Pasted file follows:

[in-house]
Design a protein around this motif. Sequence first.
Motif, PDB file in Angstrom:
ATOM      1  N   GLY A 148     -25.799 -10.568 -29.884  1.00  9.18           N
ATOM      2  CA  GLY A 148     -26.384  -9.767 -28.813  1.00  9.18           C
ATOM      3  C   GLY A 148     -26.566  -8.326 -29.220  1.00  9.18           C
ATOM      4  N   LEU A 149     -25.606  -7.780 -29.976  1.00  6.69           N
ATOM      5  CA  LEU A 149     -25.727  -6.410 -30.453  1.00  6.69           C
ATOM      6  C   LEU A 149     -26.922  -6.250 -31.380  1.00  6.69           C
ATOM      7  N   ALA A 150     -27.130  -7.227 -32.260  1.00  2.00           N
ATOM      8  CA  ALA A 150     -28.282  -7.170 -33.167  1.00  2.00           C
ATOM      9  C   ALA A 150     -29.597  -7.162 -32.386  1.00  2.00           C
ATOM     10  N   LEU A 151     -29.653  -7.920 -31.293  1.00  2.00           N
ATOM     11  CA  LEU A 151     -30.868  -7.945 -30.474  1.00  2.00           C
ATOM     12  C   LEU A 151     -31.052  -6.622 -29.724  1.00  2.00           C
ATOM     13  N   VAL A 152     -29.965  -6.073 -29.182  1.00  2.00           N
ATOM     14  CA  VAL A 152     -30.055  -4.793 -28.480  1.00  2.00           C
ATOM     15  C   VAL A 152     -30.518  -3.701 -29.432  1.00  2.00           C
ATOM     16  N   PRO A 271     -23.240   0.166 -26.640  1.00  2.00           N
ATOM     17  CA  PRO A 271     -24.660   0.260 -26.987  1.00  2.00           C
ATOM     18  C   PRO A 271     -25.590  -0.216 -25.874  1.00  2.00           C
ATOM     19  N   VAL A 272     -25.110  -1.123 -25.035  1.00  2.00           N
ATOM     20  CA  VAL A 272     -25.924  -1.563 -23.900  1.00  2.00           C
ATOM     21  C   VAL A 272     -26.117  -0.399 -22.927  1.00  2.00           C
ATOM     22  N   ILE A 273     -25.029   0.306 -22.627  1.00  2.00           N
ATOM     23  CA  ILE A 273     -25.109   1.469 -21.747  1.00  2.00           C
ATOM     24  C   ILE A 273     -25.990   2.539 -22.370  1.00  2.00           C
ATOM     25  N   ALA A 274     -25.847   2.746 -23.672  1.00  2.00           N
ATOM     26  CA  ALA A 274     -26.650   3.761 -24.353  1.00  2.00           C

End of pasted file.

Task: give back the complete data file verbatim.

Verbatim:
[in-house]
Design a protein around this motif. Sequence first.
Motif, PDB file in Angstrom:
ATOM      1  N   GLY A 148     -25.799 -10.568 -29.884  1.00  9.18           N
ATOM      2  CA  GLY A 148     -26.384  -9.767 -28.813  1.00  9.18           C
ATOM      3  C   GLY A 148     -26.566  -8.326 -29.220  1.00  9.18           C
ATOM      4  N   LEU A 149     -25.606  -7.780 -29.976  1.00  6.69           N
ATOM      5  CA  LEU A 149     -25.727  -6.410 -30.453  1.00  6.69           C
ATOM      6  C   LEU A 149     -26.922  -6.250 -31.380  1.00  6.69           C
ATOM      7  N   ALA A 150     -27.130  -7.227 -32.260  1.00  2.00           N
ATOM      8  CA  ALA A 150     -28.282  -7.170 -33.167  1.00  2.00           C
ATOM      9  C   ALA A 150     -29.597  -7.162 -32.386  1.00  2.00           C
ATOM     10  N   LEU A 151     -29.653  -7.920 -31.293  1.00  2.00           N
ATOM     11  CA  LEU A 151     -30.868  -7.945 -30.474  1.00  2.00           C
ATOM     12  C   LEU A 151     -31.052  -6.622 -29.724  1.00  2.00           C
ATOM     13  N   VAL A 152     -29.965  -6.073 -29.182  1.00  2.00           N
ATOM     14  CA  VAL A 152     -30.055  -4.793 -28.480  1.00  2.00           C
ATOM     15  C   VAL A 152     -30.518  -3.701 -29.432  1.00  2.00           C
ATOM     16  N   PRO A 271     -23.240   0.166 -26.640  1.00  2.00           N
ATOM     17  CA  PRO A 271     -24.660   0.260 -26.987  1.00  2.00           C
ATOM     18  C   PRO A 271     -25.590  -0.216 -25.874  1.00  2.00           C
ATOM     19  N   VAL A 272     -25.110  -1.123 -25.035  1.00  2.00           N
ATOM     20  CA  VAL A 272     -25.924  -1.563 -23.900  1.00  2.00           C
ATOM     21  C   VAL A 272     -26.117  -0.399 -22.927  1.00  2.00           C
ATOM     22  N   ILE A 273     -25.029   0.306 -22.627  1.00  2.00           N
ATOM     23  CA  ILE A 273     -25.109   1.469 -21.747  1.00  2.00           C
ATOM     24  C   ILE A 273     -25.990   2.539 -22.370  1.00  2.00           C
ATOM     25  N   ALA A 274     -25.847   2.746 -23.672  1.00  2.00           N
ATOM     26  CA  ALA A 274     -26.650   3.761 -24.353  1.00  2.00           C